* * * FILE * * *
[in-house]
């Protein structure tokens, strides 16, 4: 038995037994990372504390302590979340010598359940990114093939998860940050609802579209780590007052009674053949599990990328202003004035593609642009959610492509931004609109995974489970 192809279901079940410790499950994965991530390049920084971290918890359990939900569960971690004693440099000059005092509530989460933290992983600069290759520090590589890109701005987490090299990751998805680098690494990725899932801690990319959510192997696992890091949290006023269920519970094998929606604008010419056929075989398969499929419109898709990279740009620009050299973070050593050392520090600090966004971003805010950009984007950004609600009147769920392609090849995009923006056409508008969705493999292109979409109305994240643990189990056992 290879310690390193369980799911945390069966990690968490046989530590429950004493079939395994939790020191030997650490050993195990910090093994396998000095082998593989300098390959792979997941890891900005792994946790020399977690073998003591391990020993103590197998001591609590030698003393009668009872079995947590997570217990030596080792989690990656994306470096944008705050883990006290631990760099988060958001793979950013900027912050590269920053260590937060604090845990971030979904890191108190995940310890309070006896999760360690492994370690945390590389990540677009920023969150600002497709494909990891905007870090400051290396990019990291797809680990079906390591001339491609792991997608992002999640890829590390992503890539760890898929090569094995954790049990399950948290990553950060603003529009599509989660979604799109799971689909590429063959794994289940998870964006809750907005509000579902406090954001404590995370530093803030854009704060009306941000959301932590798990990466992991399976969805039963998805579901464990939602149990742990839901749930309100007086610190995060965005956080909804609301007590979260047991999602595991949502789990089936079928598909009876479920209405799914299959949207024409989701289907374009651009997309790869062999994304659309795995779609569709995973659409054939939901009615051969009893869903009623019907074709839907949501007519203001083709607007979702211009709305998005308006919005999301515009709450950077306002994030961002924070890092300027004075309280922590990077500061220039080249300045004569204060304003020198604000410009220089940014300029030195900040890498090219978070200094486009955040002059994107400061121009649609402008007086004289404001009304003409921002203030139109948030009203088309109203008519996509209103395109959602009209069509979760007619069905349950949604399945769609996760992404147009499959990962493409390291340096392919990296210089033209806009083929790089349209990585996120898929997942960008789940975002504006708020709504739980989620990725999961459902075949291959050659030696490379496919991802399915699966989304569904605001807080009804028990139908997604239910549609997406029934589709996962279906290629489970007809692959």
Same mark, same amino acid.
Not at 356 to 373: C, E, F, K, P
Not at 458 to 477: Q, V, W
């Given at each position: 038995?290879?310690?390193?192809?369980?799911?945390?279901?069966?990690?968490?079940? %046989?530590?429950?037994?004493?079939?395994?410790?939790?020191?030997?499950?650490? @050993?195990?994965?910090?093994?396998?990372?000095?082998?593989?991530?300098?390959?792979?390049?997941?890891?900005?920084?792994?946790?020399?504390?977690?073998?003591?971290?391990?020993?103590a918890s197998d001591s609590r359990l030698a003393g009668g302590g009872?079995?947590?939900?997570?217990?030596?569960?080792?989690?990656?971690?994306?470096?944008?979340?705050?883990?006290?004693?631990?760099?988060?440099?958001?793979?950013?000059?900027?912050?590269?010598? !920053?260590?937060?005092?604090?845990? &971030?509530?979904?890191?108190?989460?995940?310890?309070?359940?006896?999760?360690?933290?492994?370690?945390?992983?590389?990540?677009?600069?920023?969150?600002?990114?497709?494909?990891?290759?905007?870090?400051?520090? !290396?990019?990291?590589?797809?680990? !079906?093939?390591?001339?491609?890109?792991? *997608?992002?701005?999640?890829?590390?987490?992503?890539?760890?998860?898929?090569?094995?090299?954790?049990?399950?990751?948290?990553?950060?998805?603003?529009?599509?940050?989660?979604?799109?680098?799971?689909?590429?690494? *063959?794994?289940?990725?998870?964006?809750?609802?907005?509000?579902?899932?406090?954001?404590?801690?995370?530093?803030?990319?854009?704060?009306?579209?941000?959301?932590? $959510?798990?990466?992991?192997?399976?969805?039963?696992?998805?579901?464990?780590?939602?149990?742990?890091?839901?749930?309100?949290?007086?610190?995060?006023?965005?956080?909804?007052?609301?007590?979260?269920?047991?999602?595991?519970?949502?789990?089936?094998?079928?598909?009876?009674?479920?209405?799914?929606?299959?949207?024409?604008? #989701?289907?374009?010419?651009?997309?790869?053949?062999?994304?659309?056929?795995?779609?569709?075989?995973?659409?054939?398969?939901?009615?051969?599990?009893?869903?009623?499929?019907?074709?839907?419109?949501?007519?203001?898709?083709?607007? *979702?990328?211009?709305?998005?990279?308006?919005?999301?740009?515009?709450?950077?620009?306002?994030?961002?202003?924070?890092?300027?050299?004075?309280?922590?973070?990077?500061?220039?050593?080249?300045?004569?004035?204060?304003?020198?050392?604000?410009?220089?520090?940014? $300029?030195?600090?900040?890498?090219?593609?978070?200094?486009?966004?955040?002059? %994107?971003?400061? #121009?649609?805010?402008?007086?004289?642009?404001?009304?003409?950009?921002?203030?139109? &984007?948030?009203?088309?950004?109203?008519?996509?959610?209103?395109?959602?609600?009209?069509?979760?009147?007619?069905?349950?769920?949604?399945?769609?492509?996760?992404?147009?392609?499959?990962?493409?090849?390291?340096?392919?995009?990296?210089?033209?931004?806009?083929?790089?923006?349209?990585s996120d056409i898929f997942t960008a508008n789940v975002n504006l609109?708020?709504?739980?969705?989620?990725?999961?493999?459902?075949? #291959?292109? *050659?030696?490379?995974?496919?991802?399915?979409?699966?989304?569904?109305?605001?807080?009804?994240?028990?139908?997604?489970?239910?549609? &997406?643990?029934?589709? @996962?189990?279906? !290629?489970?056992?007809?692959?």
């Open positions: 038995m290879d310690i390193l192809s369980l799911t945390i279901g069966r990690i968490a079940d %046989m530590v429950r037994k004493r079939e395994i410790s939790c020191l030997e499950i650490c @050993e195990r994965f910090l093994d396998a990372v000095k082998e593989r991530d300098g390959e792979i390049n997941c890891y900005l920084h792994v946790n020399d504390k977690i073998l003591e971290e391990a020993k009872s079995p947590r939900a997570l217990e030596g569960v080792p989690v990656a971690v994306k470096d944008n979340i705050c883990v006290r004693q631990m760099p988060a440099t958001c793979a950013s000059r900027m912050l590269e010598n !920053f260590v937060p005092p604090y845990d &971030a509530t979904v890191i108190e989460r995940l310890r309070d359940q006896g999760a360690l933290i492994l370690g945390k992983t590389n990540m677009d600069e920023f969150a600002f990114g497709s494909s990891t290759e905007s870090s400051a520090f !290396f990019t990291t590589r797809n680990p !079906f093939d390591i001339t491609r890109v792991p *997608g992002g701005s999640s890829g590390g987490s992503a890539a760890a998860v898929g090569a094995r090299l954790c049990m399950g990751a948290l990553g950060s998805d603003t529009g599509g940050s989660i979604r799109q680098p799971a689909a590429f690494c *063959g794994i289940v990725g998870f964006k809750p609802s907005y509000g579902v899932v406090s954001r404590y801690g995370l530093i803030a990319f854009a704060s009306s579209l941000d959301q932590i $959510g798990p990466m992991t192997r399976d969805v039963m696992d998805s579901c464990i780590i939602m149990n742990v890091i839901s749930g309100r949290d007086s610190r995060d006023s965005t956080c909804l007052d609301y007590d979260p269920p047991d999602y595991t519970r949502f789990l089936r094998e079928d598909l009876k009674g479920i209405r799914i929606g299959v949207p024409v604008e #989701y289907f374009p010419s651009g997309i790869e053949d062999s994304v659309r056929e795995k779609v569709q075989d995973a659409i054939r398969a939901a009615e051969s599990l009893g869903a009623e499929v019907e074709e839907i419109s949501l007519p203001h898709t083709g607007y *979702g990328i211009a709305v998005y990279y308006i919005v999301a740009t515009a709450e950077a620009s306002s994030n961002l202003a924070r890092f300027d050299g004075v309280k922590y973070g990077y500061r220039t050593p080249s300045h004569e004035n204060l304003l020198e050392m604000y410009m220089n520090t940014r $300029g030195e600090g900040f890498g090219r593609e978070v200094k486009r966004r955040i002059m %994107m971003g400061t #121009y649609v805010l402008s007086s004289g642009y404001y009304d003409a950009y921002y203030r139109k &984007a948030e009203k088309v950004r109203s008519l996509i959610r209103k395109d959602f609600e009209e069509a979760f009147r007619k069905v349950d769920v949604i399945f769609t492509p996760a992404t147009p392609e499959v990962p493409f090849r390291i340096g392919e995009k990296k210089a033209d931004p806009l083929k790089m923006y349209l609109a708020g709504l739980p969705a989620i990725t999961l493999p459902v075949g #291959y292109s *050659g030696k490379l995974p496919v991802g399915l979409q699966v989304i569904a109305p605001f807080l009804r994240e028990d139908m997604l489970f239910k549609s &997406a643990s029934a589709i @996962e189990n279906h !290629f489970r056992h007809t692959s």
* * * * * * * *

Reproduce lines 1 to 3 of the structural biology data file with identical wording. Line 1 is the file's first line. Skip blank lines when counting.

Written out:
[in-house]
């Protein structure tokens, strides 16, 4: 038995037994990372504390302590979340010598359940990114093939998860940050609802579209780590007052009674053949599990990328202003004035593609642009959610492509931004609109995974489970 192809279901079940410790499950994965991530390049920084971290918890359990939900569960971690004693440099000059005092509530989460933290992983600069290759520090590589890109701005987490090299990751998805680098690494990725899932801690990319959510192997696992890091949290006023269920519970094998929606604008010419056929075989398969499929419109898709990279740009620009050299973070050593050392520090600090966004971003805010950009984007950004609600009147769920392609090849995009923006056409508008969705493999292109979409109305994240643990189990056992 290879310690390193369980799911945390069966990690968490046989530590429950004493079939395994939790020191030997650490050993195990910090093994396998000095082998593989300098390959792979997941890891900005792994946790020399977690073998003591391990020993103590197998001591609590030698003393009668009872079995947590997570217990030596080792989690990656994306470096944008705050883990006290631990760099988060958001793979950013900027912050590269920053260590937060604090845990971030979904890191108190995940310890309070006896999760360690492994370690945390590389990540677009920023969150600002497709494909990891905007870090400051290396990019990291797809680990079906390591001339491609792991997608992002999640890829590390992503890539760890898929090569094995954790049990399950948290990553950060603003529009599509989660979604799109799971689909590429063959794994289940998870964006809750907005509000579902406090954001404590995370530093803030854009704060009306941000959301932590798990990466992991399976969805039963998805579901464990939602149990742990839901749930309100007086610190995060965005956080909804609301007590979260047991999602595991949502789990089936079928598909009876479920209405799914299959949207024409989701289907374009651009997309790869062999994304659309795995779609569709995973659409054939939901009615051969009893869903009623019907074709839907949501007519203001083709607007979702211009709305998005308006919005999301515009709450950077306002994030961002924070890092300027004075309280922590990077500061220039080249300045004569204060304003020198604000410009220089940014300029030195900040890498090219978070200094486009955040002059994107400061121009649609402008007086004289404001009304003409921002203030139109948030009203088309109203008519996509209103395109959602009209069509979760007619069905349950949604399945769609996760992404147009499959990962493409390291340096392919990296210089033209806009083929790089349209990585996120898929997942960008789940975002504006708020709504739980989620990725999961459902075949291959050659030696490379496919991802399915699966989304569904605001807080009804028990139908997604239910549609997406029934589709996962279906290629489970007809692959």
Same mark, same amino acid.